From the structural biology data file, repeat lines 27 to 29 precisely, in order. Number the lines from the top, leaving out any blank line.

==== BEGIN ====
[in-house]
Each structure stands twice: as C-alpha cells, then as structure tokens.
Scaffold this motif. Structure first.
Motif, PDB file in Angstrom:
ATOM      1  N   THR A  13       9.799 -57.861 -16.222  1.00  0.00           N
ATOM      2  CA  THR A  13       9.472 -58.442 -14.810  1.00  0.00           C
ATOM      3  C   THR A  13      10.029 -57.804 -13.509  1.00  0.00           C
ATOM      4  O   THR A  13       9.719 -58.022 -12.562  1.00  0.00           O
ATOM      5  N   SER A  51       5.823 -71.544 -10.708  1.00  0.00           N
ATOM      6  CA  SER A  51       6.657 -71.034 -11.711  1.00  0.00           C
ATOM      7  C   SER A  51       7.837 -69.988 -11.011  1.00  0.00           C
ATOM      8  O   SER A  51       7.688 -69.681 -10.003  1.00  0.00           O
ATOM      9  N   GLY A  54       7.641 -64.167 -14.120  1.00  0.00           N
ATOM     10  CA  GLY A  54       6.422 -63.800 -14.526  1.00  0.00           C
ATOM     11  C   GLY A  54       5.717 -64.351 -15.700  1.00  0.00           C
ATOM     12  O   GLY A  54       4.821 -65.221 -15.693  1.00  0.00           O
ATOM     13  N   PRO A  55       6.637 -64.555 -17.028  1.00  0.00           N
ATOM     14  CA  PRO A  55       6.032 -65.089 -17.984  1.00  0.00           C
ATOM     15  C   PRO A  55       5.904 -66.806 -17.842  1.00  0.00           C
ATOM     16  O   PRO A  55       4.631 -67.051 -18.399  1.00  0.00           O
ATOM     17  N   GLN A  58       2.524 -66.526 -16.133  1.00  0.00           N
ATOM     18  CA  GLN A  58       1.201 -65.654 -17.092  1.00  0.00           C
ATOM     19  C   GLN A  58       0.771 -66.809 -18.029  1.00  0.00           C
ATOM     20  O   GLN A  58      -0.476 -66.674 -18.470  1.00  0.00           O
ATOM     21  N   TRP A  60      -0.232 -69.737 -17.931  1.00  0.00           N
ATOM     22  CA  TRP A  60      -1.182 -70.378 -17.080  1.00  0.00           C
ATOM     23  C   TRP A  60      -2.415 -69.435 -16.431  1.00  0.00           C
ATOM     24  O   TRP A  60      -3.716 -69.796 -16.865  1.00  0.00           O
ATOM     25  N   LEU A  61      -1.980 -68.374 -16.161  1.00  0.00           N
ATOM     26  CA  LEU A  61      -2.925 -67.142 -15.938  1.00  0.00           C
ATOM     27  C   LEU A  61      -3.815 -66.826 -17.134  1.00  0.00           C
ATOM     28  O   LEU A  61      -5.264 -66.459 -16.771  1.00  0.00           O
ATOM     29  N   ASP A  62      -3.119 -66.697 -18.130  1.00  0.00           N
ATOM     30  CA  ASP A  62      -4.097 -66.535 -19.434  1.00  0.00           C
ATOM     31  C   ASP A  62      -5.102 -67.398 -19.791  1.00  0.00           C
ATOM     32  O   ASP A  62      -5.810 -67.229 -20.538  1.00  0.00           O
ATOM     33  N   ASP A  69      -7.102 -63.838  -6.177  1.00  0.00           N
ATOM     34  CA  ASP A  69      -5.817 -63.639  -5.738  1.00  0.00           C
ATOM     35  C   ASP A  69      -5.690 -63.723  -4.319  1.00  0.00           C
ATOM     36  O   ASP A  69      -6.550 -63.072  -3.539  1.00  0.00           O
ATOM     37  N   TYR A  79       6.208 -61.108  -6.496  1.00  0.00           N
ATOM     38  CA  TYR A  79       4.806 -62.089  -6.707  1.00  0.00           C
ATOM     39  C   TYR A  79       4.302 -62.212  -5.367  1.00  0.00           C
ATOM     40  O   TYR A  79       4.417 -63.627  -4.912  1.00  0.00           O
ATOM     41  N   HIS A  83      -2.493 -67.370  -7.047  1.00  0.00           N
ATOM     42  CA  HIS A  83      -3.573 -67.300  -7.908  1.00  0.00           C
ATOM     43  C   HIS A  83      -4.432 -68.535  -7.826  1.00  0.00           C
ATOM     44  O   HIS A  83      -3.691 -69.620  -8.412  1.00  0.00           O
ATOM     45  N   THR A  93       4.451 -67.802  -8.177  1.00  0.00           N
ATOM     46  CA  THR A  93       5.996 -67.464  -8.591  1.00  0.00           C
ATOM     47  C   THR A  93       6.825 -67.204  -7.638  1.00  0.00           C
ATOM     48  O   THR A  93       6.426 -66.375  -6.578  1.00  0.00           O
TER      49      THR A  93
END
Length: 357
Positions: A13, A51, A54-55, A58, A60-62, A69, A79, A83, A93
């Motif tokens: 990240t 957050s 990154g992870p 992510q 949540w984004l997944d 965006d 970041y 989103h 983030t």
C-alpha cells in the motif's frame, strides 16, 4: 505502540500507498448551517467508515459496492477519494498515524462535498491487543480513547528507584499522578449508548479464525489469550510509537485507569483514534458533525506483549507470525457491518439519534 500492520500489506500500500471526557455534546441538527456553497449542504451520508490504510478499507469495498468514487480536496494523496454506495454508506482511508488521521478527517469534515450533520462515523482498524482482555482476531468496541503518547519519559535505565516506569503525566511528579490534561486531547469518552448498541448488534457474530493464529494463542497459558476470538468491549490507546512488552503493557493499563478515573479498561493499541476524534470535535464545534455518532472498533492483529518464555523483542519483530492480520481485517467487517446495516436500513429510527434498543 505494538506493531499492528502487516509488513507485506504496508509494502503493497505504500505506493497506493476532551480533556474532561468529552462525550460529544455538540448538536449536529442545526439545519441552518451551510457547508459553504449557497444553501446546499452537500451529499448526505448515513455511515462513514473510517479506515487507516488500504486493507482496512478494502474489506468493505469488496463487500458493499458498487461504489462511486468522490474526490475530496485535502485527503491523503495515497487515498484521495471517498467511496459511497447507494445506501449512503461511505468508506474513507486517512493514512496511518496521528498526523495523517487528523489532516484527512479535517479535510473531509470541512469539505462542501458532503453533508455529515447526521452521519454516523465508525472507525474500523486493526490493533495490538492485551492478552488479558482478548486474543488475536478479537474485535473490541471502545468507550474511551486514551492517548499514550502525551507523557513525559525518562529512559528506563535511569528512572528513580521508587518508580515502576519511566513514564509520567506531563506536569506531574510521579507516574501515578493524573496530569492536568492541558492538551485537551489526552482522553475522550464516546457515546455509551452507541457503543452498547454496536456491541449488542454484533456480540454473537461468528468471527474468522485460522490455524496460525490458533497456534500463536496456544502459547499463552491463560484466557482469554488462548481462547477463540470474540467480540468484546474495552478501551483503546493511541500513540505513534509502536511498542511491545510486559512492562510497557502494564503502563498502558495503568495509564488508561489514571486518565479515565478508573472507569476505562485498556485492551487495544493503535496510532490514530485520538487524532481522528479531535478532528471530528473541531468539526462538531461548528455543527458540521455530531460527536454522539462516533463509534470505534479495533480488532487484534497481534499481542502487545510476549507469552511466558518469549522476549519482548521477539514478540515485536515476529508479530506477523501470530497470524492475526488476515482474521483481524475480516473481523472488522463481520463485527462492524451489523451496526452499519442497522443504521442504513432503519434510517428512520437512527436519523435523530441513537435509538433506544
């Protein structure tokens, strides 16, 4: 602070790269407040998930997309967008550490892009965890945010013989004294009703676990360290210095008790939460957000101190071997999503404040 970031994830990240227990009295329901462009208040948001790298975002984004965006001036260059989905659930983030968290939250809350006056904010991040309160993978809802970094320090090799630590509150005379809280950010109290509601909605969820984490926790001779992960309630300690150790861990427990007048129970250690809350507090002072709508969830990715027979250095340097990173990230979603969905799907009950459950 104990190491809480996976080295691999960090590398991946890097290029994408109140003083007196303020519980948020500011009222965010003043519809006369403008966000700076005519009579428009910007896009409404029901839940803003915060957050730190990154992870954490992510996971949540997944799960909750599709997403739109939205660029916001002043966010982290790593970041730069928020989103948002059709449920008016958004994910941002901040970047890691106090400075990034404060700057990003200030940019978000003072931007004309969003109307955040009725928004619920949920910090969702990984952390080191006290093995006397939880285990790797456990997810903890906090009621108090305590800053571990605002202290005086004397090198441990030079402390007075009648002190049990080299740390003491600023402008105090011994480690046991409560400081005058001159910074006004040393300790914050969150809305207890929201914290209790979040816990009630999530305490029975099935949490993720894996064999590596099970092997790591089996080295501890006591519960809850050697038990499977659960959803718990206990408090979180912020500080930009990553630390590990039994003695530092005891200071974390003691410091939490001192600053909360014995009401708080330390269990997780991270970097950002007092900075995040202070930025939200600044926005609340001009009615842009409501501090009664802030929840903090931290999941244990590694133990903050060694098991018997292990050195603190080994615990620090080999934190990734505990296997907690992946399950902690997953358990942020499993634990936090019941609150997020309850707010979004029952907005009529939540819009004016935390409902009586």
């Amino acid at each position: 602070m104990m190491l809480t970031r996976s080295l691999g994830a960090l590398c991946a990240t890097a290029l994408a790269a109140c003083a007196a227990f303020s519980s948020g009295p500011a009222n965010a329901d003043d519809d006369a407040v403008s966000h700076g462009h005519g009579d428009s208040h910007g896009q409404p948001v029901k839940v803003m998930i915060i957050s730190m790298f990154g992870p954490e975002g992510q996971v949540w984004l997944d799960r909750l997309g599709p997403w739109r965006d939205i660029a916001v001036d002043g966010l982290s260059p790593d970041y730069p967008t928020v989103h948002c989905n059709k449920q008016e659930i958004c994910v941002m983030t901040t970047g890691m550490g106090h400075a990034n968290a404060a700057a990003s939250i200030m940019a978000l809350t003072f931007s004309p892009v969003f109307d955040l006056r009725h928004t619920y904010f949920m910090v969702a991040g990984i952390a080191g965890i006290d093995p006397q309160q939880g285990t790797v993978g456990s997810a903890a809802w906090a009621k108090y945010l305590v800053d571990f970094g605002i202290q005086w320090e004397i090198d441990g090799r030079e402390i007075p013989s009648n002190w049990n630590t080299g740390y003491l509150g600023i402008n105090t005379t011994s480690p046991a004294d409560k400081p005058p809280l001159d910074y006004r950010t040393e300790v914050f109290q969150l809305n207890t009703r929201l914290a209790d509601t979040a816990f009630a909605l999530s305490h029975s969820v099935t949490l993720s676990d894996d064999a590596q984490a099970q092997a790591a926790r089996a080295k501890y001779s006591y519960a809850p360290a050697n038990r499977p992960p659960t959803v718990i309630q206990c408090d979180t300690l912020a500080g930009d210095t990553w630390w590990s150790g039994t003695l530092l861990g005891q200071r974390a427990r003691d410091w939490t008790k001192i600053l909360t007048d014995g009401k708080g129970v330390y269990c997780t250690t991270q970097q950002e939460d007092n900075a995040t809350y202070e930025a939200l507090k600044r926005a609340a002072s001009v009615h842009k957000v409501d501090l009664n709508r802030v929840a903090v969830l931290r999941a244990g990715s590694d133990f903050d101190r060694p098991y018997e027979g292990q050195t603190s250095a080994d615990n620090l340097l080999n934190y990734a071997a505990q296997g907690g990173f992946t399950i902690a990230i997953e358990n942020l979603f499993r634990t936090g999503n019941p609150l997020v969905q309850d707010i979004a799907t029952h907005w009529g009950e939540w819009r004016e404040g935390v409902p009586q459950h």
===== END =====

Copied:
ATOM     23  C   TRP A  60      -2.415 -69.435 -16.431  1.00  0.00           C
ATOM     24  O   TRP A  60      -3.716 -69.796 -16.865  1.00  0.00           O
ATOM     25  N   LEU A  61      -1.980 -68.374 -16.161  1.00  0.00           N